The Marquette County Road 595 Project has taken another leap forward. The Environmental Protection Agency has withdrawn an objection concerning the proposed road. It will provide a more direct route from the Rio Tinto Eagle Mine to the Humboldt Mill, but the EPA is concerned about the surrounding environment.
On December 4, the EPA sent a letter to Dan Wyant of the Michigan Department of Environmental Quality saying they had withdrawn one of their objections. They now feel that all other routes have been considered and that the proposed 595 is the least damaging to the environment. Jim Iwanicki and the Marquette County Road Commission must still make several changes to their plans concerning wildlife and wetland mitigation before a permit will be issued. They have 30 days to get it all done.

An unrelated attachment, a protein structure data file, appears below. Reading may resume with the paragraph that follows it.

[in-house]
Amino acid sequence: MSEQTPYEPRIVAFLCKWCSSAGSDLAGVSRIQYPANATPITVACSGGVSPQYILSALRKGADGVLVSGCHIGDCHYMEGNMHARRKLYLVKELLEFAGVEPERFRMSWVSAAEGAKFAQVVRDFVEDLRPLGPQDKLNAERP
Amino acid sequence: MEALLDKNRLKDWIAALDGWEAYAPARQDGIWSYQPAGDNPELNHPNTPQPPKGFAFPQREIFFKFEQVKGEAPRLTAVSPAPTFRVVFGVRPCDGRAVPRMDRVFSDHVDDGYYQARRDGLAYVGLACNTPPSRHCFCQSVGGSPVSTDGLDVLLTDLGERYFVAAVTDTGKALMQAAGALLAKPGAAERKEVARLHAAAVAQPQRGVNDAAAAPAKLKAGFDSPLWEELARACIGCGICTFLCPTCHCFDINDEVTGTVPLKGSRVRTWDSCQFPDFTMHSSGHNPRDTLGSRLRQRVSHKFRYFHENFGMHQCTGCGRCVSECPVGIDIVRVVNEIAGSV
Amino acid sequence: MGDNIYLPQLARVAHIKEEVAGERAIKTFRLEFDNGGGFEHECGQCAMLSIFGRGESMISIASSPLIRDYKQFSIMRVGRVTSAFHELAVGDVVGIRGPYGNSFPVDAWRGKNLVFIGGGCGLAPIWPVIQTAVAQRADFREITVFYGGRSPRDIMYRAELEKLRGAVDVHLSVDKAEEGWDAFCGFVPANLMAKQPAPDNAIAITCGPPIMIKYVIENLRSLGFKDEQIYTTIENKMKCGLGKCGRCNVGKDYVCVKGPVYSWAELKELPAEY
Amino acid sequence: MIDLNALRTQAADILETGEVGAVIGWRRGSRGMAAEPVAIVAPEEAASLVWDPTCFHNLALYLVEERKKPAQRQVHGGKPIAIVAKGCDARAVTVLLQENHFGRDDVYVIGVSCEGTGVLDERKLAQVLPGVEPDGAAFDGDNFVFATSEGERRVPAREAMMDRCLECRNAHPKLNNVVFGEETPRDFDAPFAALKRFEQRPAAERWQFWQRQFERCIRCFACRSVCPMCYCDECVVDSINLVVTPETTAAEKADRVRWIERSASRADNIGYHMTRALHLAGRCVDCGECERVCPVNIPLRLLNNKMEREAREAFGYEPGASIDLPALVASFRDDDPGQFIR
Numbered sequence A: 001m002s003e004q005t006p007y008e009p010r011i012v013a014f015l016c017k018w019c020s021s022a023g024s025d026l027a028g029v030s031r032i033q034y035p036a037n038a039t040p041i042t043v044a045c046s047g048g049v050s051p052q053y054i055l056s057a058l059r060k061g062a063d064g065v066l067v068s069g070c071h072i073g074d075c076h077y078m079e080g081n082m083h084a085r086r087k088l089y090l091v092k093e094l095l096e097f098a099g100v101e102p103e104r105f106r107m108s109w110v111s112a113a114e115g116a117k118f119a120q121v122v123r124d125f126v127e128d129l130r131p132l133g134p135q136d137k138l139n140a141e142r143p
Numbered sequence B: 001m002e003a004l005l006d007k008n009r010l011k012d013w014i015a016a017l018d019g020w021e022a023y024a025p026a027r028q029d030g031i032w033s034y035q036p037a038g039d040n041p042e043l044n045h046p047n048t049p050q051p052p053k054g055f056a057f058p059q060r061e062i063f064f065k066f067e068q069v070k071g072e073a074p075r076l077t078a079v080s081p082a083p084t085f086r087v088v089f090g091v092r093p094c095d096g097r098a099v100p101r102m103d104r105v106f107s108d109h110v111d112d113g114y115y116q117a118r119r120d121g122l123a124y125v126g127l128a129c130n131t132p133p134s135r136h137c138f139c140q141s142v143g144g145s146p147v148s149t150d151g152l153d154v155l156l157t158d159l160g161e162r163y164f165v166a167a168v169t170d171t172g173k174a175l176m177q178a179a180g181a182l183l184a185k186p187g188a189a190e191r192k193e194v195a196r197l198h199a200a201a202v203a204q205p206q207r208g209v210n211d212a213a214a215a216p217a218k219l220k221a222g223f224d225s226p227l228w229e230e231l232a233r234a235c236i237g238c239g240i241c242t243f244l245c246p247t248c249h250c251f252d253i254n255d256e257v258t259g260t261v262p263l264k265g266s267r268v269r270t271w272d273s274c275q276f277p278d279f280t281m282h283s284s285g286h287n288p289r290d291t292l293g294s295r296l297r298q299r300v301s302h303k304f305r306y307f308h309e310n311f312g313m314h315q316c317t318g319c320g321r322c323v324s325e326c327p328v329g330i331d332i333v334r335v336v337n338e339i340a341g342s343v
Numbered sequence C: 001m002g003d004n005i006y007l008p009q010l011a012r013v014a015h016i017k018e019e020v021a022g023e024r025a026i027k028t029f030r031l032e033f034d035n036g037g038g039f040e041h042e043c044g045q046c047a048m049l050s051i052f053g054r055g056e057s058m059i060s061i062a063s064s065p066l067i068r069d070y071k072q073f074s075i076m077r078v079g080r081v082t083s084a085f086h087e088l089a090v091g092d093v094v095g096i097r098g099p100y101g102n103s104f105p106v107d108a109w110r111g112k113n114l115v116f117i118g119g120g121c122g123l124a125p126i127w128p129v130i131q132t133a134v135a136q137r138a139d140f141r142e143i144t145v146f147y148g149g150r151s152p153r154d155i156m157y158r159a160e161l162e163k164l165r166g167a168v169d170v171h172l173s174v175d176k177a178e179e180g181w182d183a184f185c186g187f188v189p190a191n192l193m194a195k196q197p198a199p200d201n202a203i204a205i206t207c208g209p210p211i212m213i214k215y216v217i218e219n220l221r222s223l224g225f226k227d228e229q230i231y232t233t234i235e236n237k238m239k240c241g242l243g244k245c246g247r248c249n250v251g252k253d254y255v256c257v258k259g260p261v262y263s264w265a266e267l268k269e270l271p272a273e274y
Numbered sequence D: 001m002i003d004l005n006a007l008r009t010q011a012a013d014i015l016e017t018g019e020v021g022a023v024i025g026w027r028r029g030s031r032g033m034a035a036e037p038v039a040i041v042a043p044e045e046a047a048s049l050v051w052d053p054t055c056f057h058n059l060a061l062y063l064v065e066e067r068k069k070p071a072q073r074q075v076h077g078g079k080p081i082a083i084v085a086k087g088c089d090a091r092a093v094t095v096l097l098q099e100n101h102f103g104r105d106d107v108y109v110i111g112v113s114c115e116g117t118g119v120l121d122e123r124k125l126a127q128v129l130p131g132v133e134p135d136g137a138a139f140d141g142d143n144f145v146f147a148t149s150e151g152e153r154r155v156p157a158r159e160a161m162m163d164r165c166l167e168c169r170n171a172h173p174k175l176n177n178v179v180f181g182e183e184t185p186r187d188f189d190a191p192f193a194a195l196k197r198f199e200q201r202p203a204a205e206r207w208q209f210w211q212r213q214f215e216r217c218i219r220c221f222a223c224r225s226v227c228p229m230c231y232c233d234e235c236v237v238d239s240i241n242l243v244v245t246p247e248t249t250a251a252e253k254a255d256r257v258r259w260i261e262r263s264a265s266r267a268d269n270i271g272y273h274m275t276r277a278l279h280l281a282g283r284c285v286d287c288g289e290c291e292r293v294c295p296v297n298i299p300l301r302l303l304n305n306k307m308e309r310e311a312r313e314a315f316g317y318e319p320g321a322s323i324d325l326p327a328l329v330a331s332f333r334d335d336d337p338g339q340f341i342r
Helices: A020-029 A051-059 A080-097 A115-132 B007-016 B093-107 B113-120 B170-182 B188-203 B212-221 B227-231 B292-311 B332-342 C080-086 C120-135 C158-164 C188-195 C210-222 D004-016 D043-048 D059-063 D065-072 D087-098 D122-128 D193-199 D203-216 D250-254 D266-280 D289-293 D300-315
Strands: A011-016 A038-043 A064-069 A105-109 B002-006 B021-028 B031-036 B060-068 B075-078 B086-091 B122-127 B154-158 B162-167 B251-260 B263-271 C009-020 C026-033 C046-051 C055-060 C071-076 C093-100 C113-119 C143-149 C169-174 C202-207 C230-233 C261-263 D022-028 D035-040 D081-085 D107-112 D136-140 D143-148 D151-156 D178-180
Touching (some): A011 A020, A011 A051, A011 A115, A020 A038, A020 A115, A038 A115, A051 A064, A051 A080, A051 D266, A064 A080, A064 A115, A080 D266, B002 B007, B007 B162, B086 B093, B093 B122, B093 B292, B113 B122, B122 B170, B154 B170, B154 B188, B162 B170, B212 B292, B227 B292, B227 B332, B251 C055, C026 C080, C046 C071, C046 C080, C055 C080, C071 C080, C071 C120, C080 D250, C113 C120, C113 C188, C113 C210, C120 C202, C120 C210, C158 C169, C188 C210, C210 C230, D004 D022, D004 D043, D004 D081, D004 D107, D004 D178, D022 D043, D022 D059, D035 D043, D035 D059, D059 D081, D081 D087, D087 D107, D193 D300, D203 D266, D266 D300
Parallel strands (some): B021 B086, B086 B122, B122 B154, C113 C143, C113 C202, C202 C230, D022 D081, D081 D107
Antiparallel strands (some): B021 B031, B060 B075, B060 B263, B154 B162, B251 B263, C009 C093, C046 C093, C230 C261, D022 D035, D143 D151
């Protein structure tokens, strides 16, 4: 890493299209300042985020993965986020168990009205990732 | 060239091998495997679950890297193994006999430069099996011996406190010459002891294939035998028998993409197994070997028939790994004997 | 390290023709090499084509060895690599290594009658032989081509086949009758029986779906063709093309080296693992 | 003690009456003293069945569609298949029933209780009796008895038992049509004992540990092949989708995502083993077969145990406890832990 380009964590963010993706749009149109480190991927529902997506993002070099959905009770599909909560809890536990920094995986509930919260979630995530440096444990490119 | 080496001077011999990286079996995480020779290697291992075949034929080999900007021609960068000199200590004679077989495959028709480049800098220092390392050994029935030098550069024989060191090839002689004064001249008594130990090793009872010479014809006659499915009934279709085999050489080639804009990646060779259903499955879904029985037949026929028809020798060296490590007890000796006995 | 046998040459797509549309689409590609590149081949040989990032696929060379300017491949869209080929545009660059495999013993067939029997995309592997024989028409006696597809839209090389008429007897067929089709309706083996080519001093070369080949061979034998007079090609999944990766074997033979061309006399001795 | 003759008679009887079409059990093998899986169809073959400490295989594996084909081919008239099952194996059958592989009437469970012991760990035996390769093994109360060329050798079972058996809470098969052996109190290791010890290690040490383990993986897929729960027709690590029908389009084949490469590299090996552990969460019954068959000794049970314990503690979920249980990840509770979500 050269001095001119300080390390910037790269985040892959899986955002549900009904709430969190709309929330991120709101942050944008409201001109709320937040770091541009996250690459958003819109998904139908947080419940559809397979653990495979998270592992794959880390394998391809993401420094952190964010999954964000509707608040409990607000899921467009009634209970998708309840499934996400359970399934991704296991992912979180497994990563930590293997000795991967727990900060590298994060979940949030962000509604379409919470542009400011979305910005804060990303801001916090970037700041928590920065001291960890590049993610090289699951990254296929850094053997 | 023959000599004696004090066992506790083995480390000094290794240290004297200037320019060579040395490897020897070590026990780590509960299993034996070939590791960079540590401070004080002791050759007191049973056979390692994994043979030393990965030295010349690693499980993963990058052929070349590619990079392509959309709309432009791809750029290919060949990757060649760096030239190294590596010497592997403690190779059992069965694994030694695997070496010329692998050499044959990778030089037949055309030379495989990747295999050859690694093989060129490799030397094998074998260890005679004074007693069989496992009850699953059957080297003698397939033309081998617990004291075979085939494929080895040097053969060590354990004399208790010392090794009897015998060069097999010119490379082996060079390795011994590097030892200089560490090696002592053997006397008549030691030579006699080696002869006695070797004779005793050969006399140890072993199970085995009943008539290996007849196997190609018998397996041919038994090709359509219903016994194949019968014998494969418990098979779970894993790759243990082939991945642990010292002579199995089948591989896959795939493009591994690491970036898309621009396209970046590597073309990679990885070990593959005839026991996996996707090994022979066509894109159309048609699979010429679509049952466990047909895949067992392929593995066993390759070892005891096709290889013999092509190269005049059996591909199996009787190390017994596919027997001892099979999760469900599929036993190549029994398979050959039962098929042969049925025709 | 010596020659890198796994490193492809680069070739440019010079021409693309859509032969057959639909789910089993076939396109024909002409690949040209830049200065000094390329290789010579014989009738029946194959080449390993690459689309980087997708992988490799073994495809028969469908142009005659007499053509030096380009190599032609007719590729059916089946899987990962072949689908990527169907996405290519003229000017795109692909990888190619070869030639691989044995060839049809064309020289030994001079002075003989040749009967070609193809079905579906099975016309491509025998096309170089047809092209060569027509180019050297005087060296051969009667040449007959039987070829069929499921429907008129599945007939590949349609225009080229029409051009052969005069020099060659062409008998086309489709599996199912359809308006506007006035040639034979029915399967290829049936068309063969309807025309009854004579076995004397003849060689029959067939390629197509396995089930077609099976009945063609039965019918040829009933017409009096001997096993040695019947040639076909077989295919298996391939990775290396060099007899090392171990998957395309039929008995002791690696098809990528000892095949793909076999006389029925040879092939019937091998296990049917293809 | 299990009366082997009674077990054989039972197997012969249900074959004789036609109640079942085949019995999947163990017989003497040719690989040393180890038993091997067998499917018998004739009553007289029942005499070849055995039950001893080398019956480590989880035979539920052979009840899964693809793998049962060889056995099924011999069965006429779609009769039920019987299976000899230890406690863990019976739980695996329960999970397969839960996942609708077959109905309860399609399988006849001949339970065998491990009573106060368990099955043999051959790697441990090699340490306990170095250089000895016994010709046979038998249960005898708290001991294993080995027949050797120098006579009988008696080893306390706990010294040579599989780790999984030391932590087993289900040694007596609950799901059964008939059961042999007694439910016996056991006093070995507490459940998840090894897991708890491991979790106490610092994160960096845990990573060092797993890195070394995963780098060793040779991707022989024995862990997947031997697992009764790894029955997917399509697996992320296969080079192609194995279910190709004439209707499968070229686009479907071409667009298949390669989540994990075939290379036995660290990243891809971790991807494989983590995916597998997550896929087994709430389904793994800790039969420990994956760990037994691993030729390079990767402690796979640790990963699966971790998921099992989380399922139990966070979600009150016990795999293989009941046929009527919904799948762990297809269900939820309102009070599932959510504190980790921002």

With the EPA recognizing that the proposed route is the best one, enthusiasm is running high at the road commission. Though there is still work to be done, they are optimistic of the outcome.
"The road commission feels very good that this part of the project has been accepted, and we're excited that the next 30 days will bring success and that we will have a permit here on January 4," said Iwanicki.
Iwanicki will be quickly drawing up revised plans and coordinating with the DEQ. They will present them to the EPA by the January 4 deadline.
"So I guess the best way to put it is they have opened the door, but there are still a couple of barriers in front of that door that we need to remove before we can step through it," Iwanicki said.
Spirits are high though, and not just at the road commission. The Lake Superior Community Partnership is one organization that has been supporting the road commission's efforts since day one. The organization has repeatedly spoken out and written letters to legislators in support of the project.
"We're extremely pleased for the County Road Commission. This is a huge step forward for them," said Caralee Swanberg, Business Development Manager with LSCP.
If the EPA is not satisfied by January 4, then the permit will need to be received through the Army Corps of Engineers in a process that may take two to three years. If that happens, Iwanicki believes the project may be scrapped.